The variable v_average_cost will be set to NULL when it is first declared. Because the DBMS_OUTPUT section precedes the point at which the variable is given a value, the output for the variable will be NULL. After the SELECT INTO statement, the variable will be given the same value as in the original block, but it will not be displayed because there is not another DBMS_OUTPUT line in the PL/SQL block.

Data Definition Language (DDL) statements are not valid in a simple PL/SQL block (more advanced techniques such as procedures in the DBMS_SQL package will enable you to make use of DDL), yet data manipulation (using Data Manipulation Language [DML]) is easily achieved either by using variables or by simply putting a DML statement into a PL/SQL block. Here is an example of a PL/SQL block that updates an existing entry in the zipcode table.

For Example ch03_2a.sql

SET SERVEROUTPUT ON 
DECLARE 
  v_city zipcode.city%TYPE; 
BEGIN
  SELECT 'COLUMBUS'
    INTO v_city
    FROM dual;
  UPDATE zipcode
     SET city = v_city 
  WHERE ZIP = 43224; 
END;

It is also possible to insert data into a database table in a PL/SQL block, as shown in the following example.

For Example ch03_3a.sql

DECLARE 
   v_zip zipcode.zip%TYPE; 
   v_user zipcode.created_by%TYPE; 
   v_date zipcode.created_date%TYPE;
BEGIN 
   SELECT 43438, USER, SYSDATE
     INTO v_zip, v_user, v_date
     FROM dual;
   INSERT INTO zipcode
     (ZIP, CREATED_BY ,CREATED_DATE, MODIFIED_BY,
      MODIFIED_DATE
     )
      VALUES(v_zip, v_user, v_date, v_user, v_date); 
END;

Using DML in a PL/SQL Block

This section demonstrates how DML is used in PL/SQL. The following PL/SQL block inserts a new student into the student table.

For Example ch03_4a.sql

BEGIN
  SELECT MAX(student_id)
    INTO v_max_id
    FROM student;
  INSERT into student
    (student_id, last_name, zip,
     created_by, created_date,
     modified_by, modified_date,
     registration_date
    )
  VALUES (v_max_id + 1, 'Rosenzweig',
         11238, 'BROSENZ ', '01-JAN-2014',
         'BROSENZ', '10-JAN-2014', '15-FEB-2014'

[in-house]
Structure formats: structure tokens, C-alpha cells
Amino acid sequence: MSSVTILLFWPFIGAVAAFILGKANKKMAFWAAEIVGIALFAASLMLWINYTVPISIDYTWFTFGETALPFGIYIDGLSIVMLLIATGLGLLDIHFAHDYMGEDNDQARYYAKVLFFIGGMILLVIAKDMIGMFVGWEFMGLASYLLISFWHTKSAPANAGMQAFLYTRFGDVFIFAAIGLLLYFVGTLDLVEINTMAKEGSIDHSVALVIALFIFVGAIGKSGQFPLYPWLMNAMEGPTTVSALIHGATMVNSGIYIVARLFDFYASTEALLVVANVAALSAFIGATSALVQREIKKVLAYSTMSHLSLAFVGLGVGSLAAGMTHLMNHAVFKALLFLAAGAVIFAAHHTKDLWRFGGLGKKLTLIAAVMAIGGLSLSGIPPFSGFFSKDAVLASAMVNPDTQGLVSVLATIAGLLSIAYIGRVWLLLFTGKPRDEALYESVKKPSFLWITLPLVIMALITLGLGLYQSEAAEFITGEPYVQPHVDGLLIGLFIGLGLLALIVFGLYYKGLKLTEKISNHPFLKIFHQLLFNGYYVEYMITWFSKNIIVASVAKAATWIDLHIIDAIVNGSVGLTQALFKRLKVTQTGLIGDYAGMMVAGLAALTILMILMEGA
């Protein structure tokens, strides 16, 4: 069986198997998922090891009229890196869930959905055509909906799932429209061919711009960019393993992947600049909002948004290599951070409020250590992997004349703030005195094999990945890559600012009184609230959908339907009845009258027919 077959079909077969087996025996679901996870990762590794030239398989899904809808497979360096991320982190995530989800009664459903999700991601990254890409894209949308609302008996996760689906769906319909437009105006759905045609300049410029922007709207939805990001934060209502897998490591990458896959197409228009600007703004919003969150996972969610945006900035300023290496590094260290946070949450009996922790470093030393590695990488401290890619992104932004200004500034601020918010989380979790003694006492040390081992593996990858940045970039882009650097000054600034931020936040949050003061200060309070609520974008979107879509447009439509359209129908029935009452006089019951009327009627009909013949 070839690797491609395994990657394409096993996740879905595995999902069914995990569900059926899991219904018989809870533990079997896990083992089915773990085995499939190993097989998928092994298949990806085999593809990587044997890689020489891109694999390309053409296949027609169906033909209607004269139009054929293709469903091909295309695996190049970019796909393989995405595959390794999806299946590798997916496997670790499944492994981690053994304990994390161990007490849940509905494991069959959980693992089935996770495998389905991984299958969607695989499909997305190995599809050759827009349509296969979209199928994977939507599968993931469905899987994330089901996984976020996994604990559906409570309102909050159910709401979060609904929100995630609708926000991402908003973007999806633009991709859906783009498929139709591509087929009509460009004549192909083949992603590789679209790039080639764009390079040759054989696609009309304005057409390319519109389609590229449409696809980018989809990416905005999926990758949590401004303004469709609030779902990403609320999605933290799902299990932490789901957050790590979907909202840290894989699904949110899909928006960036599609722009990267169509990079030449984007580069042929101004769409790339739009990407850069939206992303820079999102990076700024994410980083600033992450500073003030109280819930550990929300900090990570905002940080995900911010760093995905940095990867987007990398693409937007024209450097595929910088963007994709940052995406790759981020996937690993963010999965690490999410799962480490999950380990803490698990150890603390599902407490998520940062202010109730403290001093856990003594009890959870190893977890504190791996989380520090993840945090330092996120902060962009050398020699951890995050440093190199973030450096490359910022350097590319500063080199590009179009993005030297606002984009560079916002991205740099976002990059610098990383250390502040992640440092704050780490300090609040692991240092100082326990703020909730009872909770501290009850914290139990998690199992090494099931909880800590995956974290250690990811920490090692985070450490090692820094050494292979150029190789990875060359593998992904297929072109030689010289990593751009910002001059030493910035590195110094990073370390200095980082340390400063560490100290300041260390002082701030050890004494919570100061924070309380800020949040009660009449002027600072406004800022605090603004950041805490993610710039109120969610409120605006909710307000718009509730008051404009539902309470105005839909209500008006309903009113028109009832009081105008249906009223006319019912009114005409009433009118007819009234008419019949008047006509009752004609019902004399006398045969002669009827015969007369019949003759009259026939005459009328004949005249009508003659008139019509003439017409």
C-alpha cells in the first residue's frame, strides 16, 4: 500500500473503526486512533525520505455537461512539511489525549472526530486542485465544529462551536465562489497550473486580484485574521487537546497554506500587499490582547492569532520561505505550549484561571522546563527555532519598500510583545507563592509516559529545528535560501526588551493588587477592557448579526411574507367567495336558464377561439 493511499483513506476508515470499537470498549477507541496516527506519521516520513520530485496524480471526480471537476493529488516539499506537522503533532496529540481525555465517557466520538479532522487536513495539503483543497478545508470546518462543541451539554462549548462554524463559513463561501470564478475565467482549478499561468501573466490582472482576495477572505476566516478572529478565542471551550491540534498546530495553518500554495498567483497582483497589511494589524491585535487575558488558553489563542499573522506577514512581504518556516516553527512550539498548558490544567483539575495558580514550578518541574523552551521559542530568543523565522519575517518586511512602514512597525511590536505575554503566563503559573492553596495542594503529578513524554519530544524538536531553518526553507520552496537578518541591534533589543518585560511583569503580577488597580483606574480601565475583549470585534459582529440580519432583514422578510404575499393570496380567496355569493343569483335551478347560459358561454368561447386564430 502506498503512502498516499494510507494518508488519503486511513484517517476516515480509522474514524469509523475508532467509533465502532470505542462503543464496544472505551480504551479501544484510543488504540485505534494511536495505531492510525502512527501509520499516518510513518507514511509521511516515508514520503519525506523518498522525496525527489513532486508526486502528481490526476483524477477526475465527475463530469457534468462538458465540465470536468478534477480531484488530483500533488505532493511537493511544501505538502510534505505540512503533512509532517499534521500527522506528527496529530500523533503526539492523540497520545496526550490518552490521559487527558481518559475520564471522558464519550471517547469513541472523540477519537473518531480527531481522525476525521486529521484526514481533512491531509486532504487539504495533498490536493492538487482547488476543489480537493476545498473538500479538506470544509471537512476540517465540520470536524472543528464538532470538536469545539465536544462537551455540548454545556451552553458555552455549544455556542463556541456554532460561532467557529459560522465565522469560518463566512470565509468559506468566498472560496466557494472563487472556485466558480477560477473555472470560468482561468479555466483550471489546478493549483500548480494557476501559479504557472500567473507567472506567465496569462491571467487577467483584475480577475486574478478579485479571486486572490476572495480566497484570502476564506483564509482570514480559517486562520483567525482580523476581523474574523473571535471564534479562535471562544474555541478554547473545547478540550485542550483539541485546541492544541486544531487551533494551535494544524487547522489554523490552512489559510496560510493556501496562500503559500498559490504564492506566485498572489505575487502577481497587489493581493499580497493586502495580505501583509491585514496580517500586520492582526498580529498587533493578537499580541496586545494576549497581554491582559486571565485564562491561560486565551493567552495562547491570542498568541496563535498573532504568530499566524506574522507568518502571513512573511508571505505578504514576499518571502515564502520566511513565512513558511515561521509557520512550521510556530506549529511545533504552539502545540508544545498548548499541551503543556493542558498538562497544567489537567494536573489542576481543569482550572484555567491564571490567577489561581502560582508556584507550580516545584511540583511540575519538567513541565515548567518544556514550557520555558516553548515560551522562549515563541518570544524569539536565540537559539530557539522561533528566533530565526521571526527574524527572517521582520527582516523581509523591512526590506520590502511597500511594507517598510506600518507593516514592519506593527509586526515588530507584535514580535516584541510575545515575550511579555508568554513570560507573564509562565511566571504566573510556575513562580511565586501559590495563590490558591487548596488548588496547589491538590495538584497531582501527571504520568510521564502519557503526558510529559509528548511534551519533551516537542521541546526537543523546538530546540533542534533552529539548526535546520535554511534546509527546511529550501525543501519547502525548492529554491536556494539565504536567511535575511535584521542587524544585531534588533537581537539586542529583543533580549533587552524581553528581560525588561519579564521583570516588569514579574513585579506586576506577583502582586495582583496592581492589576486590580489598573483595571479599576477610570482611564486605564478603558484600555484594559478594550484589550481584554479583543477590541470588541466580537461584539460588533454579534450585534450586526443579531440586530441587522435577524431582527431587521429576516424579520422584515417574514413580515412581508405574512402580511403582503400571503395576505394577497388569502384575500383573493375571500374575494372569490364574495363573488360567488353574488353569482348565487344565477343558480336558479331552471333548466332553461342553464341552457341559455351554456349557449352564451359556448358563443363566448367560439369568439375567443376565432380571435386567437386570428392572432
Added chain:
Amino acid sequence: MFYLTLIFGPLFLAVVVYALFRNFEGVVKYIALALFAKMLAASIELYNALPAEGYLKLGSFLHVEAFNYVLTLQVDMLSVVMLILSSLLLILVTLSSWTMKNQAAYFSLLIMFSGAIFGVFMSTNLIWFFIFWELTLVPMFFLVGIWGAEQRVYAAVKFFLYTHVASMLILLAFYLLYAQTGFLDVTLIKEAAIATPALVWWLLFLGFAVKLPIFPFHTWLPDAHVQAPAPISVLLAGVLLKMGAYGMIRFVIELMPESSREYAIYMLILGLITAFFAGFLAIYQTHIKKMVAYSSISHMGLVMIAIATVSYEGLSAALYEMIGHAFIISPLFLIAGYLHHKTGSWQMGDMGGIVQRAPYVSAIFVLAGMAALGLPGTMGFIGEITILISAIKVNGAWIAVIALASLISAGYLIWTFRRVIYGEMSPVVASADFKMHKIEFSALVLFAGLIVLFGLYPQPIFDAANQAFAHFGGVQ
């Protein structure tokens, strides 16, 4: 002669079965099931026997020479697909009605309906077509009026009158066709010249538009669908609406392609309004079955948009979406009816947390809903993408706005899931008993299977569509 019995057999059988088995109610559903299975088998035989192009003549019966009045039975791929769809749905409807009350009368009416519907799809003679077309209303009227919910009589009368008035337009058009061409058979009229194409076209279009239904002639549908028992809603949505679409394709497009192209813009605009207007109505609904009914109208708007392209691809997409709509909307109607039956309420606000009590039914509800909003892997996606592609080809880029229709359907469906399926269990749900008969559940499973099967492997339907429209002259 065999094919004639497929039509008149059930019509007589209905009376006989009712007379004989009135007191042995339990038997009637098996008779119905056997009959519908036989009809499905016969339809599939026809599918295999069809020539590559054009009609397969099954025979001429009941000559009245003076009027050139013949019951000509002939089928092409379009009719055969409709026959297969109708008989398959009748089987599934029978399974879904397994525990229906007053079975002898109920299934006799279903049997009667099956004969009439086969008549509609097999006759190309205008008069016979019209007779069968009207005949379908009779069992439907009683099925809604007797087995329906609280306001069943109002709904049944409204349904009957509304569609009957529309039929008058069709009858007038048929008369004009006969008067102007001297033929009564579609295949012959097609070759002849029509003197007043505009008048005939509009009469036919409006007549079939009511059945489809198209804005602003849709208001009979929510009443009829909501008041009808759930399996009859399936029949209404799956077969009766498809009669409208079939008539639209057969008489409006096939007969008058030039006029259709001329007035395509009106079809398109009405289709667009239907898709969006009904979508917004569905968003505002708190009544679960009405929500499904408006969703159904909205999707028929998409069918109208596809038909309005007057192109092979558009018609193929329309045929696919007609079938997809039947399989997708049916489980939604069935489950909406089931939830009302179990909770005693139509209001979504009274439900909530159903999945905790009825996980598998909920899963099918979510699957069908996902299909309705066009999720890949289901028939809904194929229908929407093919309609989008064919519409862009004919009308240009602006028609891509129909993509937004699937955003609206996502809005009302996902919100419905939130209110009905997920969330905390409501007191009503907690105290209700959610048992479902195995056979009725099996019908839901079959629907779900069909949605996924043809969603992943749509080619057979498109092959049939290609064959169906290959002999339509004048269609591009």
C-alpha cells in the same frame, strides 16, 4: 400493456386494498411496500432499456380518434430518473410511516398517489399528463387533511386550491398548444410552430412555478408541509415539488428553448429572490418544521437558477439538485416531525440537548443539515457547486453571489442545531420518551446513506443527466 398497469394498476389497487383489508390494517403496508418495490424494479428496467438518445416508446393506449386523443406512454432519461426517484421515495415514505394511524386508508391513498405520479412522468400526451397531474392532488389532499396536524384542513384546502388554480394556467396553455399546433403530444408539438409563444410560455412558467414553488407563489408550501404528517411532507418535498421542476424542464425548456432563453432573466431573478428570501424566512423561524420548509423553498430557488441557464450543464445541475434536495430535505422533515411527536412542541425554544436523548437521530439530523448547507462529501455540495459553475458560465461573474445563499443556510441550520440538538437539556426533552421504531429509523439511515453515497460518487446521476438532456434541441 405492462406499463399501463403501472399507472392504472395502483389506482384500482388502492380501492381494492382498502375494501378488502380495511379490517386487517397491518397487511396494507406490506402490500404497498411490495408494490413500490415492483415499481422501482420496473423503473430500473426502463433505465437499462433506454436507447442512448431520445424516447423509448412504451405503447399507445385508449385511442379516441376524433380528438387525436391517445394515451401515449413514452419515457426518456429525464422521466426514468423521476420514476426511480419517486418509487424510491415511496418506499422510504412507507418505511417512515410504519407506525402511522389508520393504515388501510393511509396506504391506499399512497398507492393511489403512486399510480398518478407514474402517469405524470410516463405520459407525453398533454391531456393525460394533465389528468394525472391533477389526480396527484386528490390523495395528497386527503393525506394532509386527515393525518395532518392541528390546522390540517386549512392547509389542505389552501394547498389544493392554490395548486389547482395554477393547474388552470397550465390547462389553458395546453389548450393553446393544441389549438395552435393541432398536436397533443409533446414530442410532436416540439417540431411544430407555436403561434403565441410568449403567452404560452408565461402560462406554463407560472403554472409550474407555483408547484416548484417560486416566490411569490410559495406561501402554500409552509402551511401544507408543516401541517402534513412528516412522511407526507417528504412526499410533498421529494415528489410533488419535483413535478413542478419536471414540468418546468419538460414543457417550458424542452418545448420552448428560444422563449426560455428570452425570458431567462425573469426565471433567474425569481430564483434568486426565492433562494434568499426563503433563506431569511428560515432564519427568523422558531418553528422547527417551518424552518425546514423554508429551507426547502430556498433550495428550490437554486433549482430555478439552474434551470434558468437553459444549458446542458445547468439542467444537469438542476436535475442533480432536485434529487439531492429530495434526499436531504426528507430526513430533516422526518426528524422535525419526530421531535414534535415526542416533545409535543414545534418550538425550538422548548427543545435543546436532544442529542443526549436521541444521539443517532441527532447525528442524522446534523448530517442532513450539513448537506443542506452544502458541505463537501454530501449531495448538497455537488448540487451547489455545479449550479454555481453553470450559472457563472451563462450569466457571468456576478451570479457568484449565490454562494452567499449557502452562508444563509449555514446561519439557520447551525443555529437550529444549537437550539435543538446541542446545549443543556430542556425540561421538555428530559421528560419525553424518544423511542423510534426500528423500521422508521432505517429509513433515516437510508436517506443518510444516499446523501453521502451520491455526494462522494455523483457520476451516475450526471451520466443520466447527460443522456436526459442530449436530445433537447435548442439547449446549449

); 
END;

To generate a unique ID, the maximum student_id is selected into a variable and then incremented by 1. In this example, there is a foreign key on the zip item in the student table, which means that the ZIP code you choose to enter must be in the zipcode table.

Using an Oracle Sequence

An Oracle sequence is an Oracle database object that can be used to generate unique numbers. You can use sequences to generate primary key values automatically.

Accessing and Incrementing Sequence Values

Once a sequence is created, you can access its values in SQL statements with these pseudocolumns:

  • CURRVAL: Returns the current value of the sequence.
  • NEXTVAL: Increments the sequence and returns the new value.

The following example creates the sequence eseq.

For Example

CREATE SEQUENCE eseq
   INCREMENT BY 10

The first reference to ESEQ.NEXTVAL returns 1. The second returns 11. Each subsequent reference will return a value 10 greater than the one previous.

(Even though you will be guaranteed unique numbers, you are not guaranteed contiguous numbers. In some systems this may be a problem—for example, when generating invoice numbers.)

Drawing Numbers from a Sequence

A sequence value can be inserted directly into a table without first selecting it. (In very old versions of Oracle prior to Oracle 7.3, it was necessary to use the SELECT INTO syntax and put the new sequence number into a variable; you could then insert the variable.)

For this example, a table called test01 will be used. The table test01 is first created, followed by the sequence test_seq. Then the sequence is used to populate the table.

For Example ch03_5a.sql

CREATE TABLE test01 (col1 number); 
CREATE SEQUENCE test_seq
   INCREMENT BY 5; 
BEGIN
   INSERT INTO test01
     VALUES (test_seq.NEXTVAL); 
END;
/
Select * FROM test01;

Using a Sequence in a PL/SQL Block

In this example, a PL/SQL block is used to insert a new student in the student table. The PL/SQL code makes use of two variables, USER and SYSDATE, that are used in the select statement. The existing student_id_seq sequence is used to generate a unique ID for the new student.

For Example ch03_6a.sql

DECLARE 
   v_user student.created_by%TYPE; 
   v_date student.created_date%TYPE; 
BEGIN
   SELECT USER, sysdate
     INTO v_user, v_date
     FROM dual;
   INSERT INTO student
     (student_id, last_name, zip, 
      created_by, created_date, modified_by,
      modified_date, registration_date
     )
     VALUES (student_id_seq.nextval, 'Smith',
             11238, v_user, v_date, v_user, v_date,
             v_date
            ); 
END;

In the declaration section of the PL/SQL block, two variables are declared. They are both set to be data types within the student table using the %TYPE method of declaration. This ensures the data types match the columns of the tables into which they will be inserted. The two variables v_user and v_date are given values from the system by means of SELECT INTO statements. The value of the student_id is generated by using the next value of the student_id_seq sequence.